“The architecture produced under the influence of an idealizing theory of the arts might be described as a form of propaganda. The word is an alarming one, for we are inclined to believe that high art should be free of ideology and admired purely for its own sake.” (p145)
“The theorists of the idealizing tradition were refreshingly frank in their insistence that art should try to make things happen – and, more importantly, that it should try to make us good.” (p147)
“Beauty, then, is a fragment of the divine, and the sight of it saddens us by evoking our sense of loss and our yearning for the life denied us [because of sin, resulting in the loss of Eden]. The quantities written into beautiful objects are those of a God from whom we live far removed, in a world mired in sin. But works of art are finite enough, and the care taken by those who create them great enough, that they can claim a measure of perfection ordinarily unattainable by human beings. These works are bitter-sweet tokens of a goodness to which we still aspire, however infrequently we may approach it in our actions or our thoughts.” (p149)
“[LeCorbusier scolds], ‘These things are beautiful because in the middle of the apparent incoherence of nature or the cities of men, they are places of geometry, a realm where practical mathematics reigns … And is not geometry pure joy?’
Joy because geometry represents a victory over nature and because, despite what a sentimental reading might suggest, nature is in truth opposed to the order we rely on to survive.” (p179)
“Architecture should have the confidence and the kindness to be a little boring.” (p183)
“In his In Praise of Shadows (1933) Junichiro Tanizaki attempted to explain why he and his [Japanese] countrymen found flaws so beautiful: ‘We find it hard to be really at home with things that shine and glitter. The Westerner uses silver and steel and nickel tableware, and polishes it to a fine brilliance, but we object to the practice. While we do sometimes indeed use silver for teakettles, decanters, or sake cups, we prefer not to polish it. On the contrary we begin to enjoy it only when the luster has worn off, when it has begun to take on a dark, smoky, patina.’ (p235)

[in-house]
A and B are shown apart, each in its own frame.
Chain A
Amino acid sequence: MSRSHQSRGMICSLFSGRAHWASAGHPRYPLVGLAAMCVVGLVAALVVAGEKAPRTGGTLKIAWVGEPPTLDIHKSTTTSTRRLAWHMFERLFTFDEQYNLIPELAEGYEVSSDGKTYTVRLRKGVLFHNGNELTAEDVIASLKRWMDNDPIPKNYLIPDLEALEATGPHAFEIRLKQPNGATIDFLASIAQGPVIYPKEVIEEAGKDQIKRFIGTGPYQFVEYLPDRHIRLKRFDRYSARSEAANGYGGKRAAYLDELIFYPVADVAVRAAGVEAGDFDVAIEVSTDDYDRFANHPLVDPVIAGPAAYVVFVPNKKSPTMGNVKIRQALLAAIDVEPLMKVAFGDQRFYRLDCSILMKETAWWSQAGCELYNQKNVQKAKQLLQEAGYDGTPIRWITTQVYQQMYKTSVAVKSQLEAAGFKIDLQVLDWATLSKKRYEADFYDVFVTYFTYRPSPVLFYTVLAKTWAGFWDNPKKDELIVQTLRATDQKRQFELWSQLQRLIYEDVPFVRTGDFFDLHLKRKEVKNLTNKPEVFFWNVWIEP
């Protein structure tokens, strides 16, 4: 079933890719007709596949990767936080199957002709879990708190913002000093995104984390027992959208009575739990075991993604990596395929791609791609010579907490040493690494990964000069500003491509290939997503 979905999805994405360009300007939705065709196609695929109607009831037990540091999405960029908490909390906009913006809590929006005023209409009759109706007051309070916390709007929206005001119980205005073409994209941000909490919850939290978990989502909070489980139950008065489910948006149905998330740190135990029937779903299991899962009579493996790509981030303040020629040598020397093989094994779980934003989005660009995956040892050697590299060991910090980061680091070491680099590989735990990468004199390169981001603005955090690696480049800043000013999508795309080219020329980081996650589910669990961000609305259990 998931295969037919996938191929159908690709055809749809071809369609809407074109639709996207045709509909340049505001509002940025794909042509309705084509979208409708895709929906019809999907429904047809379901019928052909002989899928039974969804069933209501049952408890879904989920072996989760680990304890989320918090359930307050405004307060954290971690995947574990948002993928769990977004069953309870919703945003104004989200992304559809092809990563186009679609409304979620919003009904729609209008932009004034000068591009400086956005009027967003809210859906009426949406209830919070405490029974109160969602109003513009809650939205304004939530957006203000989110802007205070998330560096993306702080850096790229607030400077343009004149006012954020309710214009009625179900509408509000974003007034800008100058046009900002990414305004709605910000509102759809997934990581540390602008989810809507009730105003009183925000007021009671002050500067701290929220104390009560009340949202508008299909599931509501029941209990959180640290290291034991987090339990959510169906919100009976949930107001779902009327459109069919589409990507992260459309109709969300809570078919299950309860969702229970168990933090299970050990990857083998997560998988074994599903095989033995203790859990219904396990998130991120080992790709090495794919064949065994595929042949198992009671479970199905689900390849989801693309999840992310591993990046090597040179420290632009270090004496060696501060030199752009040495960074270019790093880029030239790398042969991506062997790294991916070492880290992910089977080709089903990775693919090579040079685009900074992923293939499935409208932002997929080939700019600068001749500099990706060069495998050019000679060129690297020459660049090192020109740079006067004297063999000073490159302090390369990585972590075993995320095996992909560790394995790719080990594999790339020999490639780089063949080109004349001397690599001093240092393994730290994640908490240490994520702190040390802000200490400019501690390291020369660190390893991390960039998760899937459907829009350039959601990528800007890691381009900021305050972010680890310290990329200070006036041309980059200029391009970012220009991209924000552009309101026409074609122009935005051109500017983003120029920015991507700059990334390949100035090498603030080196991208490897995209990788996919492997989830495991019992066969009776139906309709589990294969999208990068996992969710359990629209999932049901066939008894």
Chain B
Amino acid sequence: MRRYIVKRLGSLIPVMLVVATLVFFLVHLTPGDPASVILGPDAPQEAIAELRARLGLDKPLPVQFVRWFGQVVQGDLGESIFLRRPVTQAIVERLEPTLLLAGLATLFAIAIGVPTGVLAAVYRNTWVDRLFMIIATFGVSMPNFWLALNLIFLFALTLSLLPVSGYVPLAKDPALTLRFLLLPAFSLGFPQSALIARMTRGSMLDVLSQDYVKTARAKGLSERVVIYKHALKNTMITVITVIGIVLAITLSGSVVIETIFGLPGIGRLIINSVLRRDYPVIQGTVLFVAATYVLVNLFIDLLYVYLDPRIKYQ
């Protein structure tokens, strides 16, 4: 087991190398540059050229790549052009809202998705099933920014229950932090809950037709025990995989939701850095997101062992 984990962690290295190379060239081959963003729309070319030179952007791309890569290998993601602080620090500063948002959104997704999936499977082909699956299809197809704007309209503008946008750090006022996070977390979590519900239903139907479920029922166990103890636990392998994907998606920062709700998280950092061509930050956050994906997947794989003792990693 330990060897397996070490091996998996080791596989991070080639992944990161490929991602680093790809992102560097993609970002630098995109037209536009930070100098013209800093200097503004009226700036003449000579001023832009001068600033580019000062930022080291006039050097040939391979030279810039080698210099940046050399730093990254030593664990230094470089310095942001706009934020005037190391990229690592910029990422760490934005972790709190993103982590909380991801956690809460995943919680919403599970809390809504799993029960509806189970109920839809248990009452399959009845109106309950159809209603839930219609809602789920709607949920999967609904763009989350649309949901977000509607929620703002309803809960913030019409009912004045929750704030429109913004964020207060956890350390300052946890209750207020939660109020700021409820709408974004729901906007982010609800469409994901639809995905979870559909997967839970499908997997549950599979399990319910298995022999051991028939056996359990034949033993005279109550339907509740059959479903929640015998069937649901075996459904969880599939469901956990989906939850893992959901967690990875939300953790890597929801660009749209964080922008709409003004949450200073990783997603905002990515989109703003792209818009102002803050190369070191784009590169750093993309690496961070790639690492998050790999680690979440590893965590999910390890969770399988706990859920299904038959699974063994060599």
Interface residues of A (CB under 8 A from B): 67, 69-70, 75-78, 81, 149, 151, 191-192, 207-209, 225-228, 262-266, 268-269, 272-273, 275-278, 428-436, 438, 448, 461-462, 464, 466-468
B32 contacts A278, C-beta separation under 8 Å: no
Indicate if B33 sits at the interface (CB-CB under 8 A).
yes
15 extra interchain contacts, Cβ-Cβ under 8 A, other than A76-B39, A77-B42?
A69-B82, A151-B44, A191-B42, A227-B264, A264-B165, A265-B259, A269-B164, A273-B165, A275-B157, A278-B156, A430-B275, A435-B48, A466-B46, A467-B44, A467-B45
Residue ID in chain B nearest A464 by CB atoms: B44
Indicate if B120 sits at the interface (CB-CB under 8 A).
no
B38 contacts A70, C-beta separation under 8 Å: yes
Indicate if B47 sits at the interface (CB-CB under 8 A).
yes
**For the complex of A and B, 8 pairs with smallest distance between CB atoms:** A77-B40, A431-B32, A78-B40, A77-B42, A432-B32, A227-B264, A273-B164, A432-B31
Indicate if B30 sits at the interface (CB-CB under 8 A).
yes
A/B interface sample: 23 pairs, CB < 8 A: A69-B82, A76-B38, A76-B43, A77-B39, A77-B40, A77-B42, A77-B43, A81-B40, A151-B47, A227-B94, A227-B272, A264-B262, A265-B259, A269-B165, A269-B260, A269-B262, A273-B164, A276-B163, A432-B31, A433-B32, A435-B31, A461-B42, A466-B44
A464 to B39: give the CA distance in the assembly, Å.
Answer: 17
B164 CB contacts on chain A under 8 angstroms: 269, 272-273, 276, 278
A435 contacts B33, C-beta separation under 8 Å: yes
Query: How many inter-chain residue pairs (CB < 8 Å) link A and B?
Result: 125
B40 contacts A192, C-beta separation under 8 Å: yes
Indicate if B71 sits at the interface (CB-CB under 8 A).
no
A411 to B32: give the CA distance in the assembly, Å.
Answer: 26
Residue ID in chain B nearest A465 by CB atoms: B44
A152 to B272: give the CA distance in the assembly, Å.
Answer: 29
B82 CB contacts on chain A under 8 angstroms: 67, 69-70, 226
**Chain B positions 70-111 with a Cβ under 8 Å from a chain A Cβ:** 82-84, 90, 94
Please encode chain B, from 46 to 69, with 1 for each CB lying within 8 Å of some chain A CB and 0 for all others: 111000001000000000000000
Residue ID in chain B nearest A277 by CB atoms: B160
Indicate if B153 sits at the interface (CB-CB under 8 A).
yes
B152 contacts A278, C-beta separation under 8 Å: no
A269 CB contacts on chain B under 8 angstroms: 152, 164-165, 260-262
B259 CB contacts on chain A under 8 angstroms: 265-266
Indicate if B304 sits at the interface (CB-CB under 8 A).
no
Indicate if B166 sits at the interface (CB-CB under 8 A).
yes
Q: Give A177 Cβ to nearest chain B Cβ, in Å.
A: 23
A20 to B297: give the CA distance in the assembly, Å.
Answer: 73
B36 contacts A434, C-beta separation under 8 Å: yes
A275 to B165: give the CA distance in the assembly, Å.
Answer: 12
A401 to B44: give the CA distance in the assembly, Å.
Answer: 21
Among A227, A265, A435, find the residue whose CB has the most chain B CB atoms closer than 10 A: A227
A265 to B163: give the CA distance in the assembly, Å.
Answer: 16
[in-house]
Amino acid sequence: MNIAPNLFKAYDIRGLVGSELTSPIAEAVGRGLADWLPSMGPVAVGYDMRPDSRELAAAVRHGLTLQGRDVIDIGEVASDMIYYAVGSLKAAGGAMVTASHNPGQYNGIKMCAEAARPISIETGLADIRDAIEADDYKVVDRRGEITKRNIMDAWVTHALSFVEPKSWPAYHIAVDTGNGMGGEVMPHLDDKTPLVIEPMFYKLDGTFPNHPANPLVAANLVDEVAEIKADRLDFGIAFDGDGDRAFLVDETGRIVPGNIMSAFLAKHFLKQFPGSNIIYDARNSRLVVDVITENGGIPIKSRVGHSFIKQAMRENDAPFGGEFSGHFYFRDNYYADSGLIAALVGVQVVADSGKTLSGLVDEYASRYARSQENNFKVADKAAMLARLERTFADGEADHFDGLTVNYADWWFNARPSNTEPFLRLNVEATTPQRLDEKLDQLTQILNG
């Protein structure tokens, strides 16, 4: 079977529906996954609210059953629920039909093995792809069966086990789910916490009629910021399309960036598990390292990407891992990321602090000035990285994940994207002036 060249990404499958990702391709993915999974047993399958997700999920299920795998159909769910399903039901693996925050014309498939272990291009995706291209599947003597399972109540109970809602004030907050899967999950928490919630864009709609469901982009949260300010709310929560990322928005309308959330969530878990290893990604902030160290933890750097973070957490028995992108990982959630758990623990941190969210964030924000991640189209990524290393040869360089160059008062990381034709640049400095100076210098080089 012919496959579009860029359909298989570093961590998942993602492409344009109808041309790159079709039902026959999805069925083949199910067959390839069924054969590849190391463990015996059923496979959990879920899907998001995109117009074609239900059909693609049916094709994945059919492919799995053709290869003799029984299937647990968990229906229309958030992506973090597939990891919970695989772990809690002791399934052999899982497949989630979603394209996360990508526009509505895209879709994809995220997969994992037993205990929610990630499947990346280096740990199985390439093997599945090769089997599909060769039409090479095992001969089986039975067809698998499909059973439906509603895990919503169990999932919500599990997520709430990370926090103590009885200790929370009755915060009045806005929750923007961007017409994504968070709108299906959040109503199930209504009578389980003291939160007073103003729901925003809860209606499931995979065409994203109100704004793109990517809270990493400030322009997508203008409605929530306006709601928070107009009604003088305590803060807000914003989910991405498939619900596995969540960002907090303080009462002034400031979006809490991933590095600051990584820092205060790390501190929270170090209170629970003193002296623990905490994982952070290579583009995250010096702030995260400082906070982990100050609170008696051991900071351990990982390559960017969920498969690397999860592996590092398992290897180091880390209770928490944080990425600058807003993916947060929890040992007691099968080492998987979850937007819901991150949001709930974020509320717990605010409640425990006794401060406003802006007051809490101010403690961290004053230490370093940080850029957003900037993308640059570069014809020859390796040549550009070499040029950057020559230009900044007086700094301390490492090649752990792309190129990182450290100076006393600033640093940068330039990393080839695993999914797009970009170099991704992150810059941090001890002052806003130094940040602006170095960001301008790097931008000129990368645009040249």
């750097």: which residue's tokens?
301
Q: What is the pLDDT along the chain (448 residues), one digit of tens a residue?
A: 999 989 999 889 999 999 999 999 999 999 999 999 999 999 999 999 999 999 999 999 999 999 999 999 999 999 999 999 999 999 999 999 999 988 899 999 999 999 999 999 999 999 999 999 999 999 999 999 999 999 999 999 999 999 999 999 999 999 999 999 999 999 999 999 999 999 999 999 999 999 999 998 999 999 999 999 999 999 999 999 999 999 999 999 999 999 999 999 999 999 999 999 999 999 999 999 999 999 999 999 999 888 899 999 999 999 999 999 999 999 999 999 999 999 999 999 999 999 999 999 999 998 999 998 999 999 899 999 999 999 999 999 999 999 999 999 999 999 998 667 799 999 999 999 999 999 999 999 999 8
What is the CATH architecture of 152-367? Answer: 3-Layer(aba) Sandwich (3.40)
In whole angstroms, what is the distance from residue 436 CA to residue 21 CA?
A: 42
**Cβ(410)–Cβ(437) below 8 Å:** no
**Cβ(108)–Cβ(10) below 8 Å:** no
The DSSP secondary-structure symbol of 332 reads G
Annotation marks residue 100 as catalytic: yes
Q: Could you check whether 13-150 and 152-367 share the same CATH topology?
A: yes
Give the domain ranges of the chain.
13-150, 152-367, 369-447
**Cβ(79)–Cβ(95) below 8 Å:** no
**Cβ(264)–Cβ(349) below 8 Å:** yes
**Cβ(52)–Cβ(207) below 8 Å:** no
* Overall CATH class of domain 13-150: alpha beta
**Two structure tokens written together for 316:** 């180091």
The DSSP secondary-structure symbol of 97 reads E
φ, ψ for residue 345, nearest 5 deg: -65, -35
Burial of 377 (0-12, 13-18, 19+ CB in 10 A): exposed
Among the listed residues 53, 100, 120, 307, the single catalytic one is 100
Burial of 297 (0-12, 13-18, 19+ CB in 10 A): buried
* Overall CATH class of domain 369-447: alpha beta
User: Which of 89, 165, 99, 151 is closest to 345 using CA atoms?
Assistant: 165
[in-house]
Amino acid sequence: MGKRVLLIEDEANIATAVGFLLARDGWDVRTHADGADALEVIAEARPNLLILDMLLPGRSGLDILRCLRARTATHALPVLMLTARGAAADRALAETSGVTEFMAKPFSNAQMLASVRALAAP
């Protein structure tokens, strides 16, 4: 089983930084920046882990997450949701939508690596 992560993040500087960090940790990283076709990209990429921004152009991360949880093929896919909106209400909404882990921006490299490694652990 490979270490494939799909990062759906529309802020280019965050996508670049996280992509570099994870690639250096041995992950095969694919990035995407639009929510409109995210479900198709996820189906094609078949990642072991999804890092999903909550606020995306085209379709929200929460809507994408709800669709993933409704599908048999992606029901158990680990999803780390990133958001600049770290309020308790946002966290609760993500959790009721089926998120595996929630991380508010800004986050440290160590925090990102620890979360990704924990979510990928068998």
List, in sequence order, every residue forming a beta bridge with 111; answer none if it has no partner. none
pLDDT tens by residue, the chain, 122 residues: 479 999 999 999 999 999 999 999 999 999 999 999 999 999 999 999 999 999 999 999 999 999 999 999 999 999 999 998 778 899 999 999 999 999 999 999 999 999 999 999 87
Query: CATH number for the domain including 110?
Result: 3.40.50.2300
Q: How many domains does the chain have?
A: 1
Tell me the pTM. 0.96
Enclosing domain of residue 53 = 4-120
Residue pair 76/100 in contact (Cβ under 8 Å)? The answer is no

In writing about LeCorbusier’s 1925 city plan, detailed in The City of Tomorrow and its Planning, le Botton comments, “And because such an environment is uncomfortable, there is always a greater risk that people will respond abusively to it, that they will come to the ragged patches of earth between their towers and urinate on tyres, burn cars, inject drugs – and express all the darkest sides of their nature against which the scenery can amount no protest.” (p245)
In a comment about front doors, which I totally agree and even go further in believing every home should have a full covered front porch, le Botton writes, “When we approach front doors, we appreciate those that have a small threshold in front of them, a piece of railing, a canopy or a simple line of flowers or stones – features that help us to mark the transition between public and private space and appease the anxiety of entering or leaving a house.” (p247)
“The failure of architects to create congenial environments mirrors our inability to find happiness in other areas of our lives. Bad architecture is in the end as much a failure of psychology as of design … those rare architects … create environments that satisfy needs we never consciously knew we even had.” (p248)
“We owe it to the fields that our houses will not be the inferiors of the virgin land they have replaced. We owe it to the worms and the trees that the buildings we cover them with will stand as promises of the highest and most intelligent kinds of happiness.” (p267)